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The US Congress played host to several cryptocurrency related hearings this week, with both the Agriculture Committee and the Monetary Policy and Trade Subcommittee hearing testimony from experts. While the Agriculture Committee heard about the difficulties in regulating certain tokens, especially those which start out as securities since they are offered before they morph into functional utility tokens, and become commodities instead, it was the Monetary Policy Subcommittee which heard the more inflammatory testimony. This hearing, with a much broader remit, was called ‘The Future of Money: Digital Currency’. One expert described bitcoin as scrip, while also arguing that the idea of a digital currency issued by a central bank was ‘one of the worst financial ideas of recent times’. However, the fact that on the same day there were two hearings about cryptocurrencies shows that there is genuine interest in the technology. It is becoming clear that it is only a matter of time, a when rather than an if question, before cryptos begin to truly make their mark. This was highlighted by one question which asked what could the US Congress do to overcome the main impediments to the widespread adoption of blockchain and cryptos.
One of those impediments was the lack of regulation. It looked like Coinbase had overcome part of that when they issued a statement that they had received the go-ahead from the Securities and Exchange Commission to list tokens which are considered to be securities on their exchange. It was the culmination of a plan which began with the acquisition of several securities exchanges, Keystone Capital and Venovate Marketplace, earlier this year. However, that report was retracted shortly after, when Rachel Horowitz, the spokesperson for Coinbase, emailed Bloomberg refuting the earlier report. The confusion seems to have come about over what permissions Coinbase needed to acquire those companies, who already had licenses to trade securities. While Coinbase employees discussed the deal informally with members of the SEC, they did have to get permission from another organisation, the Financial Industry Regulatory Authority (FINRA). The cryptocurrency exchange did receive the necessary permission from FINRA to go ahead with their purchase. SEC approval to begin trading crypto securities would be a big deal, it could spark the next big boom in the space. Many investors are eagerly awaiting the go-ahead, and Coinbase looks to be the company closest to receiving the right permissions.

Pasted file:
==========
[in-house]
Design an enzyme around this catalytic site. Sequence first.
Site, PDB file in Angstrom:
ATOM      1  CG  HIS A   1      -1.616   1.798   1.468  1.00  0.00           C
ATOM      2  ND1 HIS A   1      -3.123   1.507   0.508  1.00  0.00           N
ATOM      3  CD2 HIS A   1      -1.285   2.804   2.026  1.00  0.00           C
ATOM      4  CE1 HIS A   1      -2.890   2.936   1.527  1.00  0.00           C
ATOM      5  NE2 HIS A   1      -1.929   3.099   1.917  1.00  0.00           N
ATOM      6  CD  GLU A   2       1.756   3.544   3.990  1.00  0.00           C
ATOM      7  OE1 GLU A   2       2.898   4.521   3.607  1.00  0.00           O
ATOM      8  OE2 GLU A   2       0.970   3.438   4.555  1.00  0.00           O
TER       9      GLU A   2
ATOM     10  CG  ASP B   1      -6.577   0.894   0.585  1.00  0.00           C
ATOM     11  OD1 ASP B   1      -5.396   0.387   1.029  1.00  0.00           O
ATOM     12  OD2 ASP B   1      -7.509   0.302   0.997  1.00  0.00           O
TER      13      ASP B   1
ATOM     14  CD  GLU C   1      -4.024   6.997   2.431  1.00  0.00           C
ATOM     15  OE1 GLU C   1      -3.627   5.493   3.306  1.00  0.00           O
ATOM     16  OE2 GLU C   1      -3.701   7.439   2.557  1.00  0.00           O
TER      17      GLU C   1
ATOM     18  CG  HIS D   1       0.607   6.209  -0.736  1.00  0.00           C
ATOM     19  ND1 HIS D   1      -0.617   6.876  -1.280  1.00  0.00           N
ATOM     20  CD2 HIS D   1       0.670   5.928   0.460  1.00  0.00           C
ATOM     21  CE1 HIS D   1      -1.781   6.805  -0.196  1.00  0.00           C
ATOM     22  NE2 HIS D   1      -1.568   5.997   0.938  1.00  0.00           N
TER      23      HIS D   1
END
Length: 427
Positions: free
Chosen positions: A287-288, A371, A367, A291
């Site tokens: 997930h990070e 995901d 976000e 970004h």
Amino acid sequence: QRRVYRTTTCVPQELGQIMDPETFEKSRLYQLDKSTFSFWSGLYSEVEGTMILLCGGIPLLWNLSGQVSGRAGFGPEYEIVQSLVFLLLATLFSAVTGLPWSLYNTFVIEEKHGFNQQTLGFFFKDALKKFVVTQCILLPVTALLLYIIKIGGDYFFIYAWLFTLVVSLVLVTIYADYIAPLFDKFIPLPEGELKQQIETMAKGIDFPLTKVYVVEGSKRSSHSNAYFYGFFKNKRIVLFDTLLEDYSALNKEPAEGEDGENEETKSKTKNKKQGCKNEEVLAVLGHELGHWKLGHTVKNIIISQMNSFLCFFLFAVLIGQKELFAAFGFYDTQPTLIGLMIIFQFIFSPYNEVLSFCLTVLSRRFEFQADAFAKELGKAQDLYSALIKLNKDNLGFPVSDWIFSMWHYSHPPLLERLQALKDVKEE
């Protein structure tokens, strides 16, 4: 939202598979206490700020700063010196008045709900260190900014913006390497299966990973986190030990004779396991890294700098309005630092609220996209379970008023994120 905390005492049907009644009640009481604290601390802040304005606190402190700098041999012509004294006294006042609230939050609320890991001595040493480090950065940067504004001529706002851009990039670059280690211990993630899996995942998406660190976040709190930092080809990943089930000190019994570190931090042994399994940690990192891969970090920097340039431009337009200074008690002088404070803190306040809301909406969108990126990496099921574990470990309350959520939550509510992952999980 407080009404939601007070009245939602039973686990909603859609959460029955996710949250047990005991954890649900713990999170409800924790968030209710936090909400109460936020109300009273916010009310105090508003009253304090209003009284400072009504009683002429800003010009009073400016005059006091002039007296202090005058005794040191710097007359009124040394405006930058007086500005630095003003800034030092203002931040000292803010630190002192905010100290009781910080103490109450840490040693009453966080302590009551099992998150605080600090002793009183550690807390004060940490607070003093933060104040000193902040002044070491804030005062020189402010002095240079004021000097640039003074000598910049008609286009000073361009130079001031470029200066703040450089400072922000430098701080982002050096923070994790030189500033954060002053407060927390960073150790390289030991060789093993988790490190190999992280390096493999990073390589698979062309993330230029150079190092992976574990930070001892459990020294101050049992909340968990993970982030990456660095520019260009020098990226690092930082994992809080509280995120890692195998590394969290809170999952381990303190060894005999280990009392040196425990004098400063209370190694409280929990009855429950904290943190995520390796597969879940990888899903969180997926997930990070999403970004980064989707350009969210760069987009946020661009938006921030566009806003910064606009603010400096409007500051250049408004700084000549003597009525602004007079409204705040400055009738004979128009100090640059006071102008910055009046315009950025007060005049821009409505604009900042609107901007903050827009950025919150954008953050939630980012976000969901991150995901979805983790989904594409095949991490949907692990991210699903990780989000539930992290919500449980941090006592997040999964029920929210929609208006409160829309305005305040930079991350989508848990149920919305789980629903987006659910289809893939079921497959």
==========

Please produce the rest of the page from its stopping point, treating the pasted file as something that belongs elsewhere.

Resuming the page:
The overall sentiment that big financial institutions have about cryptocurrencies does seem to be changing. The Financial Stability Board (FSB), set up in the aftermath of the 2008 Financial Crisis and which monitors and issues advice about the global financial system, has said that cryptos do not pose a risk to the system. Furthermore, the Board, headed up by crypto-sceptic Mark Carney, is prepared to ‘help to identify and mitigate risks to consumer and investor protection, market integrity, and potentially to financial stability’, indicating that it will be involved in creating an international framework for regulating digital currencies. The announcement sparked a furious surge in the price of bitcoin, boosting it past the $7,000 mark for the first time in a month. Adding to this positive sentiment was news coming from BlackRock, the largest asset management firm in the world, was ‘excited about blockchain technology’, and are looking into investing in the tech. On top of this, Peter Theil, founder of PayPal and an investor who prides himself on being somewhat of a contrarian, has backed Block.one. The EOS developer is looking for new investments and is holding a funding round. While the exact amount of money put into the company has not yet been released, several notable investors are rumoured to have joined Thiel in backing the company. These include Jihan Wu, of Bitmain fame, as well a couple of hedge fund billionaires, Alan Howard and Louis Bacon.
On the back of the FSB report bitcoin (BTC) experienced its best week for a while. It started out at $6,388 and fell off to $6,145. The price went up at the beginning of the week, but really skyrocketed on Tuesday, once the FSB had released its findings. It shot up to a high of $7,528, and finished off at $7,366.
Ethereum (ETH) started out at $442, and while it did not get nearly as big a boost from the FSB as bitcoin did, the price did rise on the news. It broke the $500 mark, topping out at $511, before it fell back down to end the week at $481.
XRP was trading at $0.45 seven days ago. Like the two bigger coins it improved its position greatly during trading this week. It got up to $0.52, but couldn’t hold that position for long, and ended up at $0.48
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